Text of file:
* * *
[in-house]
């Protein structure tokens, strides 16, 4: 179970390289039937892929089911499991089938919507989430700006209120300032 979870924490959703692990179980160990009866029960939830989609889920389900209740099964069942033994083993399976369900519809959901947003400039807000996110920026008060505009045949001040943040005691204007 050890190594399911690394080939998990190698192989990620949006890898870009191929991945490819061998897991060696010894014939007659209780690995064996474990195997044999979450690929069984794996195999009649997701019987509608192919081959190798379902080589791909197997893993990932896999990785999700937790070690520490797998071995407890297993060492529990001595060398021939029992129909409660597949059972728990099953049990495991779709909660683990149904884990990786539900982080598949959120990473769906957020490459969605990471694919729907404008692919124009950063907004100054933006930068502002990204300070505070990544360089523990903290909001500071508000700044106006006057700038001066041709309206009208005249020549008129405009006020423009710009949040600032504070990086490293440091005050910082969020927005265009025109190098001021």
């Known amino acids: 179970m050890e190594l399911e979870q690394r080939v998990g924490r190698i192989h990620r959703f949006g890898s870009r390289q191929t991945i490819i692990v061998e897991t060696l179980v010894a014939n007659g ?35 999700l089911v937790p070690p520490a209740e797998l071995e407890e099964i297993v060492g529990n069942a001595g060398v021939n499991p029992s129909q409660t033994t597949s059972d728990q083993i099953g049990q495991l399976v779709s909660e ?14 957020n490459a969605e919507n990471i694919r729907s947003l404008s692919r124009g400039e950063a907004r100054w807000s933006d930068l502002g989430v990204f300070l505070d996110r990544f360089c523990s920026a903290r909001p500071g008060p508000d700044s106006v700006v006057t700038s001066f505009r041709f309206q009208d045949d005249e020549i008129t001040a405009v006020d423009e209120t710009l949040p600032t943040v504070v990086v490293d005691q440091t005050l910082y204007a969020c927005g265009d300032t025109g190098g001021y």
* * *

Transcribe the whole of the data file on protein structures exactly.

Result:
[in-house]
């Protein structure tokens, strides 16, 4: 179970390289039937892929089911499991089938919507989430700006209120300032 979870924490959703692990179980160990009866029960939830989609889920389900209740099964069942033994083993399976369900519809959901947003400039807000996110920026008060505009045949001040943040005691204007 050890190594399911690394080939998990190698192989990620949006890898870009191929991945490819061998897991060696010894014939007659209780690995064996474990195997044999979450690929069984794996195999009649997701019987509608192919081959190798379902080589791909197997893993990932896999990785999700937790070690520490797998071995407890297993060492529990001595060398021939029992129909409660597949059972728990099953049990495991779709909660683990149904884990990786539900982080598949959120990473769906957020490459969605990471694919729907404008692919124009950063907004100054933006930068502002990204300070505070990544360089523990903290909001500071508000700044106006006057700038001066041709309206009208005249020549008129405009006020423009710009949040600032504070990086490293440091005050910082969020927005265009025109190098001021």
């Known amino acids: 179970m050890e190594l399911e979870q690394r080939v998990g924490r190698i192989h990620r959703f949006g890898s870009r390289q191929t991945i490819i692990v061998e897991t060696l179980v010894a014939n007659g ?35 999700l089911v937790p070690p520490a209740e797998l071995e407890e099964i297993v060492g529990n069942a001595g060398v021939n499991p029992s129909q409660t033994t597949s059972d728990q083993i099953g049990q495991l399976v779709s909660e ?14 957020n490459a969605e919507n990471i694919r729907s947003l404008s692919r124009g400039e950063a907004r100054w807000s933006d930068l502002g989430v990204f300070l505070d996110r990544f360089c523990s920026a903290r909001p500071g008060p508000d700044s106006v700006v006057t700038s001066f505009r041709f309206q009208d045949d005249e020549i008129t001040a405009v006020d423009e209120t710009l949040p600032t943040v504070v990086v490293d005691q440091t005050l910082y204007a969020c927005g265009d300032t025109g190098g001021y």